Category: Chicken Thighs

A Chicken in Every Pot:  Recipes to Stretch that Bird and Other Stuff to Soothe the Soul

A Chicken in Every Pot: Recipes to Stretch that Bird and Other Stuff to Soothe the Soul

I’ll admit there’s a lot of anxiety around COVID-19 and some of it is justified. It’s not just that a frightening virus is making its way around the world, but also that our cornerstones feel as if they’re crumbling. Schools closing, sports on hold, people hunkered down, groceries tight, churches live streaming their services, restaurants and stores shuttered, long-planned trips and weddings postponed. 24-hour news cycle repetitions without meaning to, frighten us a la 9-11 and more. We’re missing being with the people we love and like — if we’re staying home more as we’re advised — and that’s a hard row to hoe, friends, despite it being for our own and the common good. Feels a little like a world war to me, though of course it’s not. Right?

So first a little about what I’m thinking for staying sane, in touch, and active. Because we need that to be able to cook! — for sure. Next, a couple of ways I’m using odds and ends in my kitchen this week–just for ideas about wasting NADA. Then, I’ll get to that chicken and lots of ideas for cooking–and if that’s your first priority, scroll down immediately. Read on…

Continue reading “A Chicken in Every Pot: Recipes to Stretch that Bird and Other Stuff to Soothe the Soul”
Apple-Cranberry Hoisin Chicken Thighs and Rice with Sautéed Spinach, Asparagus, and Tomatoes

Apple-Cranberry Hoisin Chicken Thighs and Rice with Sautéed Spinach, Asparagus, and Tomatoes

IMG_0039

As summer very, very slowly wanes away, there are days when it’s cool enough to turn on the oven. My oven hasn’t been on in months with the exception of absolutely necessary baking (read birthday cakes), which is done before the sun rises lest the house take on one extra degree of warmth.  Last Friday, as Dave flew in from Bogota, Columbia, I wanted to have a dinner ready for which he didn’t have to grill one single item.  Enter SIMPLY MING ONE POT MEALS.  (Aside: I am not in the business of selling any cookbooks except my own, but Truth in Recipes requires I note this simple dish’s provenance.)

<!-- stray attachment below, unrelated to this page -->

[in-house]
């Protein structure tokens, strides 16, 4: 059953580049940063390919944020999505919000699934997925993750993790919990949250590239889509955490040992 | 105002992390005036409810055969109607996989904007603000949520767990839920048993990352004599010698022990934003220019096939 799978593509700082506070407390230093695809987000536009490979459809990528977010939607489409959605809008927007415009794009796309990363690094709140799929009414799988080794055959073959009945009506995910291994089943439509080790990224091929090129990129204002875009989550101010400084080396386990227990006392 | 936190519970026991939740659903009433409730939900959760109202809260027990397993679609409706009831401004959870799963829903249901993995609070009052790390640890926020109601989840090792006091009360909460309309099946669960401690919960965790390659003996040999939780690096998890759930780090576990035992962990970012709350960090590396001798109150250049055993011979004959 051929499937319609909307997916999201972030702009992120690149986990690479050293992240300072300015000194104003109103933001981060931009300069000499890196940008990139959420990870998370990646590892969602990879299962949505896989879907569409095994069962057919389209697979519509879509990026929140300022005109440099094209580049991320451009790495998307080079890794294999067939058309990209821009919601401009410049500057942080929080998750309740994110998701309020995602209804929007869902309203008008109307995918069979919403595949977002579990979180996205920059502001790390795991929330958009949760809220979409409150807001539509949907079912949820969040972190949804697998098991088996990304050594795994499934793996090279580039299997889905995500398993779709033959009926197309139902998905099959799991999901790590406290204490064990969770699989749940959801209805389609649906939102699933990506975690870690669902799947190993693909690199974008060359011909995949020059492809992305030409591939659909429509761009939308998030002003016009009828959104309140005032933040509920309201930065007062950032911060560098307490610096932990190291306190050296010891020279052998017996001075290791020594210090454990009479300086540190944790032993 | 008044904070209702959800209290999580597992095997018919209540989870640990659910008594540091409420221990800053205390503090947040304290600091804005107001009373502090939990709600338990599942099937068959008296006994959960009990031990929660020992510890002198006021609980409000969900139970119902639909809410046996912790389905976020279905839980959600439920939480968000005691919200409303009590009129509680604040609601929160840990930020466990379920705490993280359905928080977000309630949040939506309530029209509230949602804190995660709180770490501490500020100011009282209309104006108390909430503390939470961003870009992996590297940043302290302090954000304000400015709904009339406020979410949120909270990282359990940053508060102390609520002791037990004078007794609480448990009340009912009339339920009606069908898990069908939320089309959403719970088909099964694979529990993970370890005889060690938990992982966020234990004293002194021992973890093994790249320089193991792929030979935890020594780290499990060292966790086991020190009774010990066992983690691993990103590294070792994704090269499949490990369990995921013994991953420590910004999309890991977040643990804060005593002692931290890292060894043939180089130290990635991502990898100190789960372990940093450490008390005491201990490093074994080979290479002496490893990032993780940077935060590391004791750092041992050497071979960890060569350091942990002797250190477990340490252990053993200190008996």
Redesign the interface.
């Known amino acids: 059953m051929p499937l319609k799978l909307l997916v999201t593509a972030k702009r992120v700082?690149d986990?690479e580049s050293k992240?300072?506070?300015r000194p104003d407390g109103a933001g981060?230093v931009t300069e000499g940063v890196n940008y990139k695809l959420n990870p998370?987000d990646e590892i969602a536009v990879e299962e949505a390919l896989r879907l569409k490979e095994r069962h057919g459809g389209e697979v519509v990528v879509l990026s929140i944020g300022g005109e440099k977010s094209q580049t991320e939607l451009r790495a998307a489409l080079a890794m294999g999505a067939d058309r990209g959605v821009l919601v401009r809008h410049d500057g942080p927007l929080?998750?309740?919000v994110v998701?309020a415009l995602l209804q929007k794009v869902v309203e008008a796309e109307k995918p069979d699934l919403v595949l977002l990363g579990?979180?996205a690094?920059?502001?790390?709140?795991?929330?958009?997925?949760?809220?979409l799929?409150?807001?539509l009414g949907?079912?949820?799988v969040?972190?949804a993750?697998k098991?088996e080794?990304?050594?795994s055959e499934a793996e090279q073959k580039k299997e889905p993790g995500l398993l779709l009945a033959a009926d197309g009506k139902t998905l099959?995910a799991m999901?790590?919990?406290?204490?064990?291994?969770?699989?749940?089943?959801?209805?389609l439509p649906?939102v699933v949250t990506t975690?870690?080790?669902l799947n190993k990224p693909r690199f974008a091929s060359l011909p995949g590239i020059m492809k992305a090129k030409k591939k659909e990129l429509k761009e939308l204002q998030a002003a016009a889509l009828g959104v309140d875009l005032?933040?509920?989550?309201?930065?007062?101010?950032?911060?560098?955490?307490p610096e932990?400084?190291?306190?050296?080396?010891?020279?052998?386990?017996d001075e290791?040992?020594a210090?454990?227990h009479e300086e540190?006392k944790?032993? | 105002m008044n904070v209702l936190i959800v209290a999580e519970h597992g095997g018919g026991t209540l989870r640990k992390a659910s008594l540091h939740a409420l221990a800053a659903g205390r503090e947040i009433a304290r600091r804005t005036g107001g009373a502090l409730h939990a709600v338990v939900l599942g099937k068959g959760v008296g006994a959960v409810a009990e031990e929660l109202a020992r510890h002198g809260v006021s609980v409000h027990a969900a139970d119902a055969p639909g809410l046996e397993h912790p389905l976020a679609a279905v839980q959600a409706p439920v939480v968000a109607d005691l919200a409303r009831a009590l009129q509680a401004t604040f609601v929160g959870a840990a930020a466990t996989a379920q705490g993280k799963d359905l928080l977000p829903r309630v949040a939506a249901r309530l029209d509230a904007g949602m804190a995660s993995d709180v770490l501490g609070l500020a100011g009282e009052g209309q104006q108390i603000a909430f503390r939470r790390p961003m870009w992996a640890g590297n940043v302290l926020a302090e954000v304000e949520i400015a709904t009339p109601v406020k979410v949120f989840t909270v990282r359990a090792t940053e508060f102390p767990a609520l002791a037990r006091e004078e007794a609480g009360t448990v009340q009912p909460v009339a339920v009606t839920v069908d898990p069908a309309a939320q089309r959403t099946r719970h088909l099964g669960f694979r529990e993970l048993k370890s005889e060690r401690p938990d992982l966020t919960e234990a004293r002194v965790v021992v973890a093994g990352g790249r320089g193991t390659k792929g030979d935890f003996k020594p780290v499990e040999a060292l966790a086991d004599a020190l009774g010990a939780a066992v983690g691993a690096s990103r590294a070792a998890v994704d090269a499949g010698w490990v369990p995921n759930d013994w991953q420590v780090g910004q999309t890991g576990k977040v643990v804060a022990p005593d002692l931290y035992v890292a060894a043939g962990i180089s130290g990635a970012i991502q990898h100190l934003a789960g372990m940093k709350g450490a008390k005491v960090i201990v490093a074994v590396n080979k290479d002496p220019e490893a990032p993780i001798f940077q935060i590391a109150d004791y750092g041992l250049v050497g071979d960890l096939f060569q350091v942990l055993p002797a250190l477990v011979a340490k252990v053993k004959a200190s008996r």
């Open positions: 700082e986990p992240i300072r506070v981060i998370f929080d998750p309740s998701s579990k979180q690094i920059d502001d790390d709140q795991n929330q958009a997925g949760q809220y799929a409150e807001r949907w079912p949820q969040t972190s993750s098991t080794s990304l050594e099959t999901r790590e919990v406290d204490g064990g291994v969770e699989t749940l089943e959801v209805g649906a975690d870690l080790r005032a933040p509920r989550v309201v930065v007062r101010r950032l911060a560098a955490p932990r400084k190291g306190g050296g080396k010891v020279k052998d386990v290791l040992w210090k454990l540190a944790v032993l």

Alyce-Aspen kitchens signing books

I’ve owned this book not since in came out in 2010, but maybe since a year or two after that when a good friend mentioned she was cooking something from it.  The book sounded entertaining (it is) and helpful (also true). Who doesn’t want a new spin on one-dish or one-pot meals?  I made a few dishes from it and back it went on the shelf. If I’m not terribly intentional about looking at and using all of my cookbooks, they may sit a while before I drag them out to the kitchen again.  The quality of the book may have nothing to do with it; I cook out of my head a lot. (Why did I leave this sit all this time?)

shopmingsway_2270_1944993

 SIMPLY MING: ONE-POT MEALS

Something drew me to the Ming book last week, and with a few very small changes, I rustled up this one-pot meal very quickly; I think you could, too.